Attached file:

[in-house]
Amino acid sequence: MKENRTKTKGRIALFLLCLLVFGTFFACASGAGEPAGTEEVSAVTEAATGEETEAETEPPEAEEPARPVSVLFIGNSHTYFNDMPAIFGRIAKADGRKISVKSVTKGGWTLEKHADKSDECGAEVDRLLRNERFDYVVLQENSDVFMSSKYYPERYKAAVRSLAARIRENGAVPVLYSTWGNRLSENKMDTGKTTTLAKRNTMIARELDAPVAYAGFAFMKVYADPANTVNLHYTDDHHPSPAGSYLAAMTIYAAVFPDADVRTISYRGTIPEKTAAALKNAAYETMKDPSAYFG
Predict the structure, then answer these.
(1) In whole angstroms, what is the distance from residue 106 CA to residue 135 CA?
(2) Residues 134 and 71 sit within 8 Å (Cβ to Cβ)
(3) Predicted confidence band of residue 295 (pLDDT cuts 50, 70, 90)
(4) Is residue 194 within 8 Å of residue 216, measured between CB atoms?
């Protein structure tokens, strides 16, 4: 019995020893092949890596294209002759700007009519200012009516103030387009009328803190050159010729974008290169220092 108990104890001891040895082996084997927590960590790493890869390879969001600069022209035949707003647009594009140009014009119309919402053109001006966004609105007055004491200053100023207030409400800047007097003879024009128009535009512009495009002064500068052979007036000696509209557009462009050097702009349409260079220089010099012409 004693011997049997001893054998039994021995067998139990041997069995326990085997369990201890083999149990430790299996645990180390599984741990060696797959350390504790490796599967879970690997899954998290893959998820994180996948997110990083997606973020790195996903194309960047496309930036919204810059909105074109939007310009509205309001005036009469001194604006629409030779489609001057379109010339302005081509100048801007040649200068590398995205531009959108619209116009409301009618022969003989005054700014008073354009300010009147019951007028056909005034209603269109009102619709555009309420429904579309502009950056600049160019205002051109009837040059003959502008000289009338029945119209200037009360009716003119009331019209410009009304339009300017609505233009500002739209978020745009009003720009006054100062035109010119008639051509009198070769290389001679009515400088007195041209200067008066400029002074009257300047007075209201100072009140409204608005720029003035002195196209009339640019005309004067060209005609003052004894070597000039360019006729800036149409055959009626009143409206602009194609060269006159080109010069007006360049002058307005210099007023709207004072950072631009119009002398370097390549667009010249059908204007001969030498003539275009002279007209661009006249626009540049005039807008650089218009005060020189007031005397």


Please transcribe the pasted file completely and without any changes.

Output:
[in-house]
Amino acid sequence: MKENRTKTKGRIALFLLCLLVFGTFFACASGAGEPAGTEEVSAVTEAATGEETEAETEPPEAEEPARPVSVLFIGNSHTYFNDMPAIFGRIAKADGRKISVKSVTKGGWTLEKHADKSDECGAEVDRLLRNERFDYVVLQENSDVFMSSKYYPERYKAAVRSLAARIRENGAVPVLYSTWGNRLSENKMDTGKTTTLAKRNTMIARELDAPVAYAGFAFMKVYADPANTVNLHYTDDHHPSPAGSYLAAMTIYAAVFPDADVRTISYRGTIPEKTAAALKNAAYETMKDPSAYFG
Predict the structure, then answer these.
(1) In whole angstroms, what is the distance from residue 106 CA to residue 135 CA?
(2) Residues 134 and 71 sit within 8 Å (Cβ to Cβ)
(3) Predicted confidence band of residue 295 (pLDDT cuts 50, 70, 90)
(4) Is residue 194 within 8 Å of residue 216, measured between CB atoms?
């Protein structure tokens, strides 16, 4: 019995020893092949890596294209002759700007009519200012009516103030387009009328803190050159010729974008290169220092 108990104890001891040895082996084997927590960590790493890869390879969001600069022209035949707003647009594009140009014009119309919402053109001006966004609105007055004491200053100023207030409400800047007097003879024009128009535009512009495009002064500068052979007036000696509209557009462009050097702009349409260079220089010099012409 004693011997049997001893054998039994021995067998139990041997069995326990085997369990201890083999149990430790299996645990180390599984741990060696797959350390504790490796599967879970690997899954998290893959998820994180996948997110990083997606973020790195996903194309960047496309930036919204810059909105074109939007310009509205309001005036009469001194604006629409030779489609001057379109010339302005081509100048801007040649200068590398995205531009959108619209116009409301009618022969003989005054700014008073354009300010009147019951007028056909005034209603269109009102619709555009309420429904579309502009950056600049160019205002051109009837040059003959502008000289009338029945119209200037009360009716003119009331019209410009009304339009300017609505233009500002739209978020745009009003720009006054100062035109010119008639051509009198070769290389001679009515400088007195041209200067008066400029002074009257300047007075209201100072009140409204608005720029003035002195196209009339640019005309004067060209005609003052004894070597000039360019006729800036149409055959009626009143409206602009194609060269006159080109010069007006360049002058307005210099007023709207004072950072631009119009002398370097390549667009010249059908204007001969030498003539275009002279007209661009006249626009540049005039807008650089218009005060020189007031005397």